Seasonal Coding Tips
Many manufacturers in food processing and consumer goods experience seasonal fluctuations in demand. As a result, their production must ramp up and down throughout the course of the year. Should their product require variable coding such as batch codes and date codes, these companies often make use of Continuous Inkjet (CIJ) coding technology.
Companies that need reliability in their product coding both in peak and off peak production often turn to Linx CIJ printers. All Linx CIJ coding solutions feature a hermetically sealed and potted simple design ink jet printhead that cleans itself. Linx customers experience greater uptime as they do not have to align the ink jet or constantly clean their printer for best print quality. Linx CIJ printers are offered in stainless steel IP55 or IP65 rated enclosures suitable for wash-down and dusty environments. Linx also offers a broad range of fluids to ensure quality marks on a variety of substrates.
The following coding tips will help you plan for the challenges of seasonal production:
If product output needs to increase, the production lines may be running at higher, variable speeds. To ensure quality marks it is recommended to provide a speed signal to your CIJ printer. The printer will adjust drop output to match the line speed, keeping the message from stretching out. Line speed measurement is commonly achieved with the addition of an encoder. The encoder mounts to your conveyor and the rotation of the encoder wheel signals the printer as to how fast the production line is moving so that printing output can be adjusted on the fly. In addition to preventing message stretch, the signal will also keep the message from contracting when the production line is moving at a slower rate.
If a customer has standard CIJ printers and finds that its production line speed exceeds the printer’s capability, do not panic. Linx offers software upgrades that customers can install themselves. The software upgrade for a higher performance message type is achieved with a Configuration Code. When entered into the printer higher speed printing is enabled.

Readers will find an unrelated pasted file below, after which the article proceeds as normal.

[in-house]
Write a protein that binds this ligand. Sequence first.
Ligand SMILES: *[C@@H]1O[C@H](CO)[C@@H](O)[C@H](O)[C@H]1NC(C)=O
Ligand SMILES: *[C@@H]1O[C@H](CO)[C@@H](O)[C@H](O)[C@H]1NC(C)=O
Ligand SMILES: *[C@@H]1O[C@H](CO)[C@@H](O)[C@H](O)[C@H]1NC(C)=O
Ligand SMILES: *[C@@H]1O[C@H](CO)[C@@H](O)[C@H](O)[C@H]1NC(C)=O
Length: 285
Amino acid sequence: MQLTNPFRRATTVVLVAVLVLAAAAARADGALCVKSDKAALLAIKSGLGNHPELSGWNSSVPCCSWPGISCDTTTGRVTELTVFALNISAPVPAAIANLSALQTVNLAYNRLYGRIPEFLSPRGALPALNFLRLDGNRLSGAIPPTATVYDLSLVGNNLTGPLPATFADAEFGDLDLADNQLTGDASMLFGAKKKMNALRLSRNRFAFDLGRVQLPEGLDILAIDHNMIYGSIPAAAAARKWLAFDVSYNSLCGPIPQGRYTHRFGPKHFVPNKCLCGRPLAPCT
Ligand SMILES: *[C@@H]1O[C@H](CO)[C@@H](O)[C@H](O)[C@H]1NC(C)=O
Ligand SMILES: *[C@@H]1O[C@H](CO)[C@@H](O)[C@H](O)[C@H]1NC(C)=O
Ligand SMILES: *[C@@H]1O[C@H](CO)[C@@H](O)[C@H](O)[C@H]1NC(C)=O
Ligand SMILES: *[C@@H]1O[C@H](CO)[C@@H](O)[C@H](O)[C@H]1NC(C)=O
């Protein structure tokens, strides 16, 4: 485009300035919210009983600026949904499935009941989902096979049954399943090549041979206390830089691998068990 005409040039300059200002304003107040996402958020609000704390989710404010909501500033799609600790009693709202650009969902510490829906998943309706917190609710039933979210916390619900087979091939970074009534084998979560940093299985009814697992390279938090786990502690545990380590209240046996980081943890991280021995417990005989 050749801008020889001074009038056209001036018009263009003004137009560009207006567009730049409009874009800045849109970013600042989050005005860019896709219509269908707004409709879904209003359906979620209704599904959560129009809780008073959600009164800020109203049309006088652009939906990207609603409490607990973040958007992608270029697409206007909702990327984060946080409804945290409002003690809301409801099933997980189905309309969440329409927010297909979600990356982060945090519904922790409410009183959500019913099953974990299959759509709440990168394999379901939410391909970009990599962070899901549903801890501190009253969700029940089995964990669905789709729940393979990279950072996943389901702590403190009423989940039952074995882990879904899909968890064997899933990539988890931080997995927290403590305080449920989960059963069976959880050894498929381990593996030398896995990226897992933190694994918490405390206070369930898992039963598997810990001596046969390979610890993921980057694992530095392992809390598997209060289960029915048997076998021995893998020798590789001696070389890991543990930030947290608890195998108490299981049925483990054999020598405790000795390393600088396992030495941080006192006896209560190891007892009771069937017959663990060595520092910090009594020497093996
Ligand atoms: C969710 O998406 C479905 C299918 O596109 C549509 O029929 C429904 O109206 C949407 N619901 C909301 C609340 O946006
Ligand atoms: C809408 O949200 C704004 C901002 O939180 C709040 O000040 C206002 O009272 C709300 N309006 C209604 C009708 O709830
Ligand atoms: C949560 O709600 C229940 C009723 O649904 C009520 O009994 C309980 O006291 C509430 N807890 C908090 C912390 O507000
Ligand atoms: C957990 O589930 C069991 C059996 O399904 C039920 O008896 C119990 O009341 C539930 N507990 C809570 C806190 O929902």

When planning increased productivity, don’t forget to take inventory of your coding consumables. Place appropriate orders for ink & solvent and arrange for Preventative Maintenance filter changes based on expected usage.
Linx customers have a great benefit with the automatic print head cleaning feature known as FullFlush™. At the end of printing, simply hit the Stop button. The printer will engage a solenoid to shut off ink to the nozzle and then flush the printhead and its tubing out – through both nozzle and gutter- with solvent. This leaves the printhead clean and dry and ready to start when next needed.
Planning for a few weeks of downtime
If there is no need for CIJ printing for a few weeks, many customers keep the printer in the production area and will start the unit in the morning and turn it off at night once or twice a week. This keeps the fluids from settling within the ink delivery system and ensures a good start up when they need it.
Planning for downtime that extends beyond 6 weeks
If production completely shuts down for an extended period of 6 weeks or more, decommissioning of the CIJ printer should be considered. Decommissioning involves removal of fluids from the printer and a change of filters. This eliminates the concern of solvent evaporation or ink thickening within the ink delivery system while your printer is in storage.
It is clear that cyclical production provides many challenges, but all of these challenges can be addressed head on with the innovations in the Linx CIJ product line.
At Diagraph, we are dedicated in solving your coding and labeling challenges. Diagraph has been assisting customers for over 120 years improving production line efficiencies with simple, reliable, cost-effective coding and labeling solutions. Visit us at www.diagraph.com or contact us at 800.722.1125.